- It features an upgraded suspension, all-terrain tires, and 9.3 inches of ground clearance.
- It's the third Wilderness model offered by Subaru, followng the Forester and Outback.
- The interior features water-resistant upholstery for easier cleaning.
Driven: The 2024 Subaru Crosstrek Wilderness Is a Campsite Champ
Upgraded performance and off-road capability make this Crosstrek the one to get
It feels like it's hard to find a good deal on anything these days, when even eggs feel expensive, let alone a new car. That's why it's so refreshing to get behind the wheel of something new and come away not only impressed by its performance but also its price.
The 2024 Subaru Crosstrek Wilderness might sit atop the Crosstrek lineup, but with a starting price of $33,290 it remains relatively affordable. For that money, you're getting a small SUV (or a tall wagon, whichever you prefer) with some off-road chops and a more potent powertrain than most other Crosstrek variants.
This is the third Wilderness model in Subaru's lineup, following in the footsteps of the Outback and Forester, and it comes with many of the same upgrades: higher ground clearance, all-terrain tires and a revised continuously variable automatic transmission, or CVT. I set off on a roughly six-hour drive with the Crosstrek Wilderness (and about half of that spent off-road) near Zion National Park in Utah to see how these changes would affect one of Subaru's best-selling vehicles.
Much of the drive was spent on dirt and gravel roads around the park, with some time reserved for climbing hills and other obstacles sprinkled in. This provided ample time to see how the off-road upgrades that the Crosstrek Wilderness adds perform.
Those changes include Yokohama Geolandar all-terrain tires at all four corners, a retuned suspension, and a CVT with a revised 4.111 final drive ratio (versus 3.700 in the other Crosstreks). The revised suspension comes with longer coil springs and shocks that give the Wilderness extra ground clearance, up to 9.3 inches from 8.7 inches. And in the infotainment screen, there's a display to choose between the dual-function X-Mode off-road driving settings, Snow/Dirt or Deep Snow/Mud.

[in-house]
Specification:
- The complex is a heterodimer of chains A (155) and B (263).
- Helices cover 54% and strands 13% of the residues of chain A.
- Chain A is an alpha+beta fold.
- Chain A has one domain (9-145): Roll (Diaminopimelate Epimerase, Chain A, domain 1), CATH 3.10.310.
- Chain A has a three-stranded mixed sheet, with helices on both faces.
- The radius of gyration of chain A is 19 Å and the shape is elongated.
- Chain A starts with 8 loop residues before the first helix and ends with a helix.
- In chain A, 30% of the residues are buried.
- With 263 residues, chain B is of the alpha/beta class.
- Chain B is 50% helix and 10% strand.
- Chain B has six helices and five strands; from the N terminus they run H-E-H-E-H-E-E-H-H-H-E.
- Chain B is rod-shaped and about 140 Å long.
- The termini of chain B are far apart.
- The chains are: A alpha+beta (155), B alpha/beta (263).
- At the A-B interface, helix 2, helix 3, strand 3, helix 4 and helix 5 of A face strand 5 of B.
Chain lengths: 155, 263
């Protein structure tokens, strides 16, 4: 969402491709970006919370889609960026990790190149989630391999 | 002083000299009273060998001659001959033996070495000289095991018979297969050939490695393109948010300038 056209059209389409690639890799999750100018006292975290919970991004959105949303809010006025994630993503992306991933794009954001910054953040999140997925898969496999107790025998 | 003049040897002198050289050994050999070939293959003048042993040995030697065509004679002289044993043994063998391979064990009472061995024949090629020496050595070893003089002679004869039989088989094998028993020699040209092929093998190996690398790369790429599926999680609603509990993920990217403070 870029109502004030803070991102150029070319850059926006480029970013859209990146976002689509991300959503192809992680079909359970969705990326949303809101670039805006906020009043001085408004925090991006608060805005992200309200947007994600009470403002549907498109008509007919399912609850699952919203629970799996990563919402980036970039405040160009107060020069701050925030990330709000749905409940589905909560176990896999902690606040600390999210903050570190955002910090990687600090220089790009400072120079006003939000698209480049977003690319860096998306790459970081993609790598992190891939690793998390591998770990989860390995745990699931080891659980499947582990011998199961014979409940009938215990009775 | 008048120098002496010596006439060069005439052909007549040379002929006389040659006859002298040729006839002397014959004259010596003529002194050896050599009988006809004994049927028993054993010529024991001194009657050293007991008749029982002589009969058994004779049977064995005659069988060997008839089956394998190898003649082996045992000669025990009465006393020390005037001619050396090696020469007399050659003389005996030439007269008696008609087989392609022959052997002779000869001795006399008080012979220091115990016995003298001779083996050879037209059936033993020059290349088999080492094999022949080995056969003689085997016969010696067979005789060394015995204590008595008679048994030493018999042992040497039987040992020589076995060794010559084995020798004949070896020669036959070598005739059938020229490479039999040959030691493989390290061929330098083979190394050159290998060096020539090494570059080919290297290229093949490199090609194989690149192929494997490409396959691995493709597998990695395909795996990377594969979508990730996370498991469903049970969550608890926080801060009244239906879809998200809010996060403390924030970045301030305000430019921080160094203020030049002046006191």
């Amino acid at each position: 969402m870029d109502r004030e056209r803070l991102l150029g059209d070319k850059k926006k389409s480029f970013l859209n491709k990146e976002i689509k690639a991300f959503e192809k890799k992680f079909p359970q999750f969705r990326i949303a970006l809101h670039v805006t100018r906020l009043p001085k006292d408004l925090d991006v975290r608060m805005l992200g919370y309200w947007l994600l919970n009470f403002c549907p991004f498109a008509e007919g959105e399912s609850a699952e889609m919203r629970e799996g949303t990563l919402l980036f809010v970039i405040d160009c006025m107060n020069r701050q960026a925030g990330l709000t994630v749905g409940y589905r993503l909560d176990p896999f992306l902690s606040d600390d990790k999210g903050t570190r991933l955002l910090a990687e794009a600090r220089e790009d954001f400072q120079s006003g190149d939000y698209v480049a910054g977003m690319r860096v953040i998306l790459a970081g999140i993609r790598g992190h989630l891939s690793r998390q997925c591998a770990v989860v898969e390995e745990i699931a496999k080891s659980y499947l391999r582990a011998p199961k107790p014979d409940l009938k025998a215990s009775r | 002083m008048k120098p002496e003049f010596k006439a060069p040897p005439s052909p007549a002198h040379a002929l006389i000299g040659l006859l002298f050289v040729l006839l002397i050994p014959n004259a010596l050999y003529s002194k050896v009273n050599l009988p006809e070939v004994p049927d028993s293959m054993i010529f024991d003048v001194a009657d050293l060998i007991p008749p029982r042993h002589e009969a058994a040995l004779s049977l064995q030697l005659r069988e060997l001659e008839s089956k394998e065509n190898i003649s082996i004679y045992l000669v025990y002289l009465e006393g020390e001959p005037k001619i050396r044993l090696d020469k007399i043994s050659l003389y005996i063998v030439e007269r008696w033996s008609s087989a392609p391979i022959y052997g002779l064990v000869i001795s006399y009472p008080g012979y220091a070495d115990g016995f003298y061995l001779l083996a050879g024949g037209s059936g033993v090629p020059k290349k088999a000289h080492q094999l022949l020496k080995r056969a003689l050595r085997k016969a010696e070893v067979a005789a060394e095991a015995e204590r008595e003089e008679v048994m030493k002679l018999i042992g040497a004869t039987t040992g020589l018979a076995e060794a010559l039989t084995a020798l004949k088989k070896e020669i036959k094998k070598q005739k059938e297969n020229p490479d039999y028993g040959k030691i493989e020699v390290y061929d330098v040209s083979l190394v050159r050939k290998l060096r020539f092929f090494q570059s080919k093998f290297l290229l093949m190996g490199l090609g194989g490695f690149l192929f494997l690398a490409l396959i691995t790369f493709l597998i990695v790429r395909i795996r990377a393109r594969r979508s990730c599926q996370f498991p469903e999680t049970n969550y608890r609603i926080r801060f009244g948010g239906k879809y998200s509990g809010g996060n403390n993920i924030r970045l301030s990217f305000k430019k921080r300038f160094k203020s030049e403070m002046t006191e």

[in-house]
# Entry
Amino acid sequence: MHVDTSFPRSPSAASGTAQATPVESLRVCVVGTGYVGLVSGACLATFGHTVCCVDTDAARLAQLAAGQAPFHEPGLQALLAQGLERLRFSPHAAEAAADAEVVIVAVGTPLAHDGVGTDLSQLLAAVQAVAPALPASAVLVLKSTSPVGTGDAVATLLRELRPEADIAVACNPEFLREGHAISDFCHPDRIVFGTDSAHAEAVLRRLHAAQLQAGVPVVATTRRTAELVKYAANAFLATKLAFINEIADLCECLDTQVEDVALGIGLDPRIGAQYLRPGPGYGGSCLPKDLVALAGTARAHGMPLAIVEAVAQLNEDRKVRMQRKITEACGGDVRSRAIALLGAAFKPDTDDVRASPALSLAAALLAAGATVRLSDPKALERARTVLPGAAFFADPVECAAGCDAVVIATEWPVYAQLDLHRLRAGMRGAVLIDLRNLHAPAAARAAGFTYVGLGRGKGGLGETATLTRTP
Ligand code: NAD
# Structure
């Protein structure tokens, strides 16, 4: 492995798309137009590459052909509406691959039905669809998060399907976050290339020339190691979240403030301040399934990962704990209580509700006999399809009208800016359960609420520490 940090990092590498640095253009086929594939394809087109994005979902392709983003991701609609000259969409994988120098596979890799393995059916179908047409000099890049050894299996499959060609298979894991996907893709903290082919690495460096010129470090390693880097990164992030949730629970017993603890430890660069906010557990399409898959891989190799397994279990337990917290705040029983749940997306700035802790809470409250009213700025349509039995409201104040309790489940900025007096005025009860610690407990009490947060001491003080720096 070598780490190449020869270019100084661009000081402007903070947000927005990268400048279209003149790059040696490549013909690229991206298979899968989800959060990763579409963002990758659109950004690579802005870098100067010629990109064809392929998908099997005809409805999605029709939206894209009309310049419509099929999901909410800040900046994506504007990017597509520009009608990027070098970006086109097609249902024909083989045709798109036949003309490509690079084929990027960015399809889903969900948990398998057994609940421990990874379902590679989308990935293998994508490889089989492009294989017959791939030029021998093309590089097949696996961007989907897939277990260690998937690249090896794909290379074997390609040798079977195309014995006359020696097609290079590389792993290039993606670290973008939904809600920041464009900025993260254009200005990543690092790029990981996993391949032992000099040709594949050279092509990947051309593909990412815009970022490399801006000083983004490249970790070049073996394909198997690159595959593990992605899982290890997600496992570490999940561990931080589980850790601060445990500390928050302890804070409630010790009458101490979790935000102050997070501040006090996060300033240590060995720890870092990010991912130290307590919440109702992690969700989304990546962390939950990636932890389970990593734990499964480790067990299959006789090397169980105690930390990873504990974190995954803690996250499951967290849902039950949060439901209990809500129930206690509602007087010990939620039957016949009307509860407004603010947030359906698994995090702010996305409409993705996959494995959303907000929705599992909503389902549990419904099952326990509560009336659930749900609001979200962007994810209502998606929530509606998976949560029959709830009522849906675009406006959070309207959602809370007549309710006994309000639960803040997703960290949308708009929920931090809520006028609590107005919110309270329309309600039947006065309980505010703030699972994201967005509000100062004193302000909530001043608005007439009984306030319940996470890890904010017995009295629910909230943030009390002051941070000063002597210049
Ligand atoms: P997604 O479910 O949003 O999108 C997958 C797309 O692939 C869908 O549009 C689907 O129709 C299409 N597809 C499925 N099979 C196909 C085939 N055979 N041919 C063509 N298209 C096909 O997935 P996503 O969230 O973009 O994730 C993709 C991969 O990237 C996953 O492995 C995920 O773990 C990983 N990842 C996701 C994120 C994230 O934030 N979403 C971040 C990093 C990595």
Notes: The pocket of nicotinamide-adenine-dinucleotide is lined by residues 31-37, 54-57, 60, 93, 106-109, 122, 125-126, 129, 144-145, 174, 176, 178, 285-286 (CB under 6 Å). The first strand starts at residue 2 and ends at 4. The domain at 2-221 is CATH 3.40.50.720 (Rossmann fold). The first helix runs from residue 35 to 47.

The all-wheel-drive system that underpins the Crosstrek Wilderness is superb. It never really puts a foot wrong and even in situations where a wheel is up in the air, the system moves torque quickly to where it's needed. The added ground clearance also gives the Wilderness better approach, departure and breakover angles (20 degrees, 33 degrees and 21.1 degrees, respectively). Though the Crosstrek Wilderness doesn't offer the suspension travel of a true four-wheeler (think Jeep Wrangler or Ford Bronco), it still sits pretty high and can go over most obstacles. But rock crawling is still better left to those body-on-frame vehicles.
The revised final drive ratio has really improved torque delivery, especially at the low end of the rev range. I was expecting to have to dip much further into the pedal to access the torque, which can make the vehicle uneven to drive when climbing up hills or trying to get through sand. But I felt like I was in complete command of the powertrain, even pointed up a steep hill with loose dirt or running through a wash.